The air molecules present inside a soccer ball will move at a faster pace due to a rise in temperature, which has a considerable knock-on effect because that increase in velocity leads to more collisions between those air particles.

And as “the domino keeps on tumbling”, these collisions exert greater force on each molecule, thereby causing air pressure within the ball to rise.

Car trunks can get terribly hot, especially because the sunlight that shines through cars via the windows gets trapped inside due to a “greenhouse effect”.

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This effect is when energy from a planet’s sun travels through its atmosphere and warms its surface, but the atmosphere subsequently traps that heat and prevents it from returning back to its original source.

When the light shines on a car, the heat gets trapped inside and any objects that were left in the trunk get “caught in the crossfire” so to speak.

A soccer ball will not only become hotter due to an increase in temperature, as there is also increased pressure resulting from that temperature rise, which contributes to the air particles colliding more frequently inside.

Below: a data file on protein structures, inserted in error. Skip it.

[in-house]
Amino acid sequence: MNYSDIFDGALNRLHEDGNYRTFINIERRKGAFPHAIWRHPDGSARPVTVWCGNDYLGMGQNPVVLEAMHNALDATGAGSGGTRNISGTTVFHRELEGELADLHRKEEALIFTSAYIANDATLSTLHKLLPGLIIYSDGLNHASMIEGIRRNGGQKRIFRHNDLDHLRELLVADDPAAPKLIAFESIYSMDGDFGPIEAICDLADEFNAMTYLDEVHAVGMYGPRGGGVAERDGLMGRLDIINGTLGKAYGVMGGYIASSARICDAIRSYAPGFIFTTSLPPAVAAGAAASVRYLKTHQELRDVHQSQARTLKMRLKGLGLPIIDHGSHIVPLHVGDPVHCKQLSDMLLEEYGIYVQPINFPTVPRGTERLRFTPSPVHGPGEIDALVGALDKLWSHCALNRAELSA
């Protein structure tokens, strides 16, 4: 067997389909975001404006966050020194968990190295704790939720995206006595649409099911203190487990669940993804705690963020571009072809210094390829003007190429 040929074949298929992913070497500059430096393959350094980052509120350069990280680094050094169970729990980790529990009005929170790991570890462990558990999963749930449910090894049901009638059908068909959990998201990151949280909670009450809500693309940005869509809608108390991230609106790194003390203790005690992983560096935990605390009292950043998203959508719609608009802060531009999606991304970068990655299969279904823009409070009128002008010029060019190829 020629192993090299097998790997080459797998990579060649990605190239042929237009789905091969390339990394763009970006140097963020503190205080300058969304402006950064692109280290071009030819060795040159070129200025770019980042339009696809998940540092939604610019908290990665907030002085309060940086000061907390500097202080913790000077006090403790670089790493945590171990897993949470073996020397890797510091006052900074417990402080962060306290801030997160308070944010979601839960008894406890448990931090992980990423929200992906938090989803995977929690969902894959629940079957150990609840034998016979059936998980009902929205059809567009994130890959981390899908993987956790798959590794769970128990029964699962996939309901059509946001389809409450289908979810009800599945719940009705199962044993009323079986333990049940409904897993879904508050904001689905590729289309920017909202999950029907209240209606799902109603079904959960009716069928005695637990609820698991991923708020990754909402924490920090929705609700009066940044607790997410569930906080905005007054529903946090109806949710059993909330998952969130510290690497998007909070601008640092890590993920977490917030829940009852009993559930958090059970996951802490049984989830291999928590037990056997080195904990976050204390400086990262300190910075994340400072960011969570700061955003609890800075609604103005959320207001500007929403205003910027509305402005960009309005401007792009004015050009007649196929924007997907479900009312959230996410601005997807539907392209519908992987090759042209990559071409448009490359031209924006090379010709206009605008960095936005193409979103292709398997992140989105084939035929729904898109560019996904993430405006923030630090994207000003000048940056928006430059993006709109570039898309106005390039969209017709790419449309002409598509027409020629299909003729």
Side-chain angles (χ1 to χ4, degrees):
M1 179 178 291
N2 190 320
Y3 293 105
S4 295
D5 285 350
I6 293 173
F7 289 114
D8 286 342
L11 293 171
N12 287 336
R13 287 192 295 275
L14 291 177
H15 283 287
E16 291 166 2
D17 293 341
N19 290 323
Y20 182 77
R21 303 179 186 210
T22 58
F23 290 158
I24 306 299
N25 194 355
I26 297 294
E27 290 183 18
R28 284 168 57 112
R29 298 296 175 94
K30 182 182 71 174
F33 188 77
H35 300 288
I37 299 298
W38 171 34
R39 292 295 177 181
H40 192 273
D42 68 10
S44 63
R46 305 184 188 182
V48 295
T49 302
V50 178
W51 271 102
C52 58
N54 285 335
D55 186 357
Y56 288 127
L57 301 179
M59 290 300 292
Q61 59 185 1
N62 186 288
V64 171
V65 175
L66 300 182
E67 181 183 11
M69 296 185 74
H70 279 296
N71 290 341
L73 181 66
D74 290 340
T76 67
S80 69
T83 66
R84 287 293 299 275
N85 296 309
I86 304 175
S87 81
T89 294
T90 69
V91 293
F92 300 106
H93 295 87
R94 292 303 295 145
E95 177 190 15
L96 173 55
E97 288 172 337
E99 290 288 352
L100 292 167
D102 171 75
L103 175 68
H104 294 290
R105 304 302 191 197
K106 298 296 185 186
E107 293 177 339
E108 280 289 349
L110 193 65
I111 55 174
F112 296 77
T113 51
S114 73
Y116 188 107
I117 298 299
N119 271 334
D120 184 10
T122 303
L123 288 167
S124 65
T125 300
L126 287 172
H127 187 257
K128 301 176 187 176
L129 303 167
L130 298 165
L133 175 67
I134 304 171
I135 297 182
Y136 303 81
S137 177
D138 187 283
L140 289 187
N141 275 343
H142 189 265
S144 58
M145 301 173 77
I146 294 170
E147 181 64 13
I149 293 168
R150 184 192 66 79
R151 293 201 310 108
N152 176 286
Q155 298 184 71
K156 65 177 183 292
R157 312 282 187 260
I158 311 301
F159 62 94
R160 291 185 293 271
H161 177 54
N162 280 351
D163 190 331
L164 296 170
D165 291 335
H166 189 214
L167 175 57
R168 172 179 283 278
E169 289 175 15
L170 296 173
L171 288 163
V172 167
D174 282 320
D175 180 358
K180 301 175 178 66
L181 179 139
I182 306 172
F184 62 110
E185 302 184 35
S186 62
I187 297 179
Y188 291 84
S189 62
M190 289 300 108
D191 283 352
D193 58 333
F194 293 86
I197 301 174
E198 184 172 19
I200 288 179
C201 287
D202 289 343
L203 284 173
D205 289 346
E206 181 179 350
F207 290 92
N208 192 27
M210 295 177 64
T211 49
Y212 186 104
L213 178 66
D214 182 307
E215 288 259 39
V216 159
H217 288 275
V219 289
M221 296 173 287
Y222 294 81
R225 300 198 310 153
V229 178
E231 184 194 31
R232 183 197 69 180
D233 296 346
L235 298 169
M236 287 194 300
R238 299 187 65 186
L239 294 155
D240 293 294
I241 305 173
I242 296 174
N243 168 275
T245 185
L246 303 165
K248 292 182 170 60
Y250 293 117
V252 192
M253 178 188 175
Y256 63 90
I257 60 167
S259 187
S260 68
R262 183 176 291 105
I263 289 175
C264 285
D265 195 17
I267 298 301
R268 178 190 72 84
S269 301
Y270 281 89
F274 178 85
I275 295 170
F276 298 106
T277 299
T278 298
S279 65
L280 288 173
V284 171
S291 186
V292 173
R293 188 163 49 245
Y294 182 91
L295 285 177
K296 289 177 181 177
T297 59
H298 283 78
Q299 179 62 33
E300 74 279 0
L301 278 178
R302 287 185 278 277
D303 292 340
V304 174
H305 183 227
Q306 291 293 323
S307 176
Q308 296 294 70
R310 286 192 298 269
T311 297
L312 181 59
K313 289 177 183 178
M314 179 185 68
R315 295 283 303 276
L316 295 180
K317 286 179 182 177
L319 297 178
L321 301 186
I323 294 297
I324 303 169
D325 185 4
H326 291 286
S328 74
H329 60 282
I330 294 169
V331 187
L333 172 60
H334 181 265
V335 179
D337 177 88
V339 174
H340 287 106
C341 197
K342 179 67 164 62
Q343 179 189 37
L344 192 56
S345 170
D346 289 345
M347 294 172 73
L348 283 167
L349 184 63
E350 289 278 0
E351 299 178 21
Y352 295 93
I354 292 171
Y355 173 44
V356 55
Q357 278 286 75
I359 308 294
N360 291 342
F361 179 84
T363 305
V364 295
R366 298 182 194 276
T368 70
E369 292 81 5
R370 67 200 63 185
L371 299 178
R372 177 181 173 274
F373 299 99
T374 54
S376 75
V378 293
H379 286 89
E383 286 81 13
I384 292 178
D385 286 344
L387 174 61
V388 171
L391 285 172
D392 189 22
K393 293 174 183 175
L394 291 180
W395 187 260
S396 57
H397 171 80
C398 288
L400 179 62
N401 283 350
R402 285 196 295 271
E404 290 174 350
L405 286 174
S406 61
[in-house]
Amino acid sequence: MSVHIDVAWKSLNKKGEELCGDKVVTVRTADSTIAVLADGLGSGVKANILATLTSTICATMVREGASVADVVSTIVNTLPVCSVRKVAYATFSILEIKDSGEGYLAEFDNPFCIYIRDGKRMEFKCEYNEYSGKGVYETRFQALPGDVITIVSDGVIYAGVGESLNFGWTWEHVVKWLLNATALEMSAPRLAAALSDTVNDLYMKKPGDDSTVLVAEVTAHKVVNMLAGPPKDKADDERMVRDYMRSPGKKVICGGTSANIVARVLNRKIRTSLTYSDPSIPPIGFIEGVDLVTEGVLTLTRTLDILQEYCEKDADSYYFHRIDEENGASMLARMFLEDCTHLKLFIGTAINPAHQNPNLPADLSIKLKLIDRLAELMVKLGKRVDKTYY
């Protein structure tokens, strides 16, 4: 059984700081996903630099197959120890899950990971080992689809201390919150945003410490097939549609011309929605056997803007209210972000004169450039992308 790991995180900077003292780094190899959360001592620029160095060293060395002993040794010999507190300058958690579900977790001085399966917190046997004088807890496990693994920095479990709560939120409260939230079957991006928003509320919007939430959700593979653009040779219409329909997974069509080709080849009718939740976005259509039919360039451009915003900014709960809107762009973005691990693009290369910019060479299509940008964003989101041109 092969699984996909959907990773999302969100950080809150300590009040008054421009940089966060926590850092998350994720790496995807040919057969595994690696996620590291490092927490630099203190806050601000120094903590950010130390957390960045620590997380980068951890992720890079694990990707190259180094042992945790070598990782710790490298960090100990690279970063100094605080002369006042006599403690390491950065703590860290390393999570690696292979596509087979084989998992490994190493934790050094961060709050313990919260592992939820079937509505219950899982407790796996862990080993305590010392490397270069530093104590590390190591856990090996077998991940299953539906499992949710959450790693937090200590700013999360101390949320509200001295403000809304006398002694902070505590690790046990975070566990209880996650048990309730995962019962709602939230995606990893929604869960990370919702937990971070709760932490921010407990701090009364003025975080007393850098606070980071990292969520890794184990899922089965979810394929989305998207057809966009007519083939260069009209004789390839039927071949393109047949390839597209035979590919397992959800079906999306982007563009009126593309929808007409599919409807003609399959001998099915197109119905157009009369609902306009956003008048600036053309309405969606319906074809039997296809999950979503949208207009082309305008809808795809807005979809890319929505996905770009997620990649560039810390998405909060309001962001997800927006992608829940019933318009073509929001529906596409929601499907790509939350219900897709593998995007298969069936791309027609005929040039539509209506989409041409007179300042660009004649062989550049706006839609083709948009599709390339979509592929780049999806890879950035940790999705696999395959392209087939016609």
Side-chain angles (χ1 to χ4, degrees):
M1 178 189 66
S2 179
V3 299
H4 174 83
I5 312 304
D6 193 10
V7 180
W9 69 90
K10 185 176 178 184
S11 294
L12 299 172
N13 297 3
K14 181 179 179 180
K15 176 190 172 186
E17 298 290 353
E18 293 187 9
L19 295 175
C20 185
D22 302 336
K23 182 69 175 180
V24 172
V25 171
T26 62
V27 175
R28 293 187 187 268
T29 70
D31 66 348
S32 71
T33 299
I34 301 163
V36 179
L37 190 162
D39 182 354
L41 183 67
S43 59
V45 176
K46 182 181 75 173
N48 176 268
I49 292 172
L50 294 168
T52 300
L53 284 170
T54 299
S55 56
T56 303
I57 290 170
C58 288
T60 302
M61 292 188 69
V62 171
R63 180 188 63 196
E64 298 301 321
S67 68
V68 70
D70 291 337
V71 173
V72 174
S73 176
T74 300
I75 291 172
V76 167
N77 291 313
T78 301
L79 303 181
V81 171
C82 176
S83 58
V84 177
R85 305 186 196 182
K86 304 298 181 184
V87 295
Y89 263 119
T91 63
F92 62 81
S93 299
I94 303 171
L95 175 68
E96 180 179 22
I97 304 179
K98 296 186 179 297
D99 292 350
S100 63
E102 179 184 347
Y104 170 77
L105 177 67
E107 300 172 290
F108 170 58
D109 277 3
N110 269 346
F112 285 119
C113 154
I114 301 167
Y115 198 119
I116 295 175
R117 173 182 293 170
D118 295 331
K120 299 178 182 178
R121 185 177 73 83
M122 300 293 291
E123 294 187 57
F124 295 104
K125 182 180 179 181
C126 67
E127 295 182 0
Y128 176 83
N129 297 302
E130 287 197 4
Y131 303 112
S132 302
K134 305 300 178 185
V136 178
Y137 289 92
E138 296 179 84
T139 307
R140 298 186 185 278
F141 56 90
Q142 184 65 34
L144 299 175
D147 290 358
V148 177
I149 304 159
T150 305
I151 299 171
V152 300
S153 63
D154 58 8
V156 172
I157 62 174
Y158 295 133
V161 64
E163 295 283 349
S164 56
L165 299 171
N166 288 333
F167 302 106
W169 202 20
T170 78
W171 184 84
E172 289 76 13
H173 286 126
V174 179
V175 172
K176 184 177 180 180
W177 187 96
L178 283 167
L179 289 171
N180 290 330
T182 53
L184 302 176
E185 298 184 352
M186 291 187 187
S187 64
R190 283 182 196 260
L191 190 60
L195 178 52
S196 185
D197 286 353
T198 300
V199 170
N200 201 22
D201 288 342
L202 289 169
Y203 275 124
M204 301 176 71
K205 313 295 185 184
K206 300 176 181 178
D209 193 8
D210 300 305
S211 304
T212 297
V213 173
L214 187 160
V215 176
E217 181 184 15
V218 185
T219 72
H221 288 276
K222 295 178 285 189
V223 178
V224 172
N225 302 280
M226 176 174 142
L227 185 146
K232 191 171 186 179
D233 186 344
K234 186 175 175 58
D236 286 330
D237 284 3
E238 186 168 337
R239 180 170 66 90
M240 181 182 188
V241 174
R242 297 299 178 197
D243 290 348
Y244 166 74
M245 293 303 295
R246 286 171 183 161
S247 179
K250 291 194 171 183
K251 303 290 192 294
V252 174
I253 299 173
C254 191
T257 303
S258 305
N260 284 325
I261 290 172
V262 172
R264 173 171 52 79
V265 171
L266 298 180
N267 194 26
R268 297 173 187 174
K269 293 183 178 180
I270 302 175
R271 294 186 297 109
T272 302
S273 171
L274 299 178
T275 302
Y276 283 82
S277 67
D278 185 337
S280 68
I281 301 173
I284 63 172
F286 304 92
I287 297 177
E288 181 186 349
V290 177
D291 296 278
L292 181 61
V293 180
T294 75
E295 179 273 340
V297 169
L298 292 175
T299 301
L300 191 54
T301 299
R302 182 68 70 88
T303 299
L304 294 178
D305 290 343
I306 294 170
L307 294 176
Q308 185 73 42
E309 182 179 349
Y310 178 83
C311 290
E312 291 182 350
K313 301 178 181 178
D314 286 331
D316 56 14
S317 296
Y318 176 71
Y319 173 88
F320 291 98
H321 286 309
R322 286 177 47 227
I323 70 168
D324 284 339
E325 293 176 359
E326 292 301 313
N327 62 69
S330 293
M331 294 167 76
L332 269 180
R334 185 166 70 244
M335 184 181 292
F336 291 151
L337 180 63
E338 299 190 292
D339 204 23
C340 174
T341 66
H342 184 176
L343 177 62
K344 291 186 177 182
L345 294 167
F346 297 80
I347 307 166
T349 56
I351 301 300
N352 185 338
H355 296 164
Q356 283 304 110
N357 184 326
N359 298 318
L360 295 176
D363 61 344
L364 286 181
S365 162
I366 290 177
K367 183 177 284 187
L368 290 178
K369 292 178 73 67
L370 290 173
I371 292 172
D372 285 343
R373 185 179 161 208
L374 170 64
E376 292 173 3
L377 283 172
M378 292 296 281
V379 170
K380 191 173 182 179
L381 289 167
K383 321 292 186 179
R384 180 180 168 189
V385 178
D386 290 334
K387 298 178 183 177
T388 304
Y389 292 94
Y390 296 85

Ultimately, this leads to the ball becoming slightly over-inflated, as kinetically charged air particles press harder against the inner lining.


2. Shape alteration

dangers of leaving your soccer ball in the car - bulging bladder

Soccer balls are made to have a spherical shape that gives them much better bouncing and aerodynamic properties.

The excessive heat present in a car trunk on warm summer day can contribute to it losing its roundness, because of an after-effect of being over-inflated.

You see, when a soccer ball is over-inflated, the air particles within it are moving more quickly and causing the internal bladder that holds the air inside to expand.

If this layer continuously presses on the outer covering with the surrounding temperatures unable to cool down, something eventually has to give.

This is why you may come across soccer balls with torn seams or areas of stitching that have become undone, leaving small sections of the bladder protruding from the outer surface.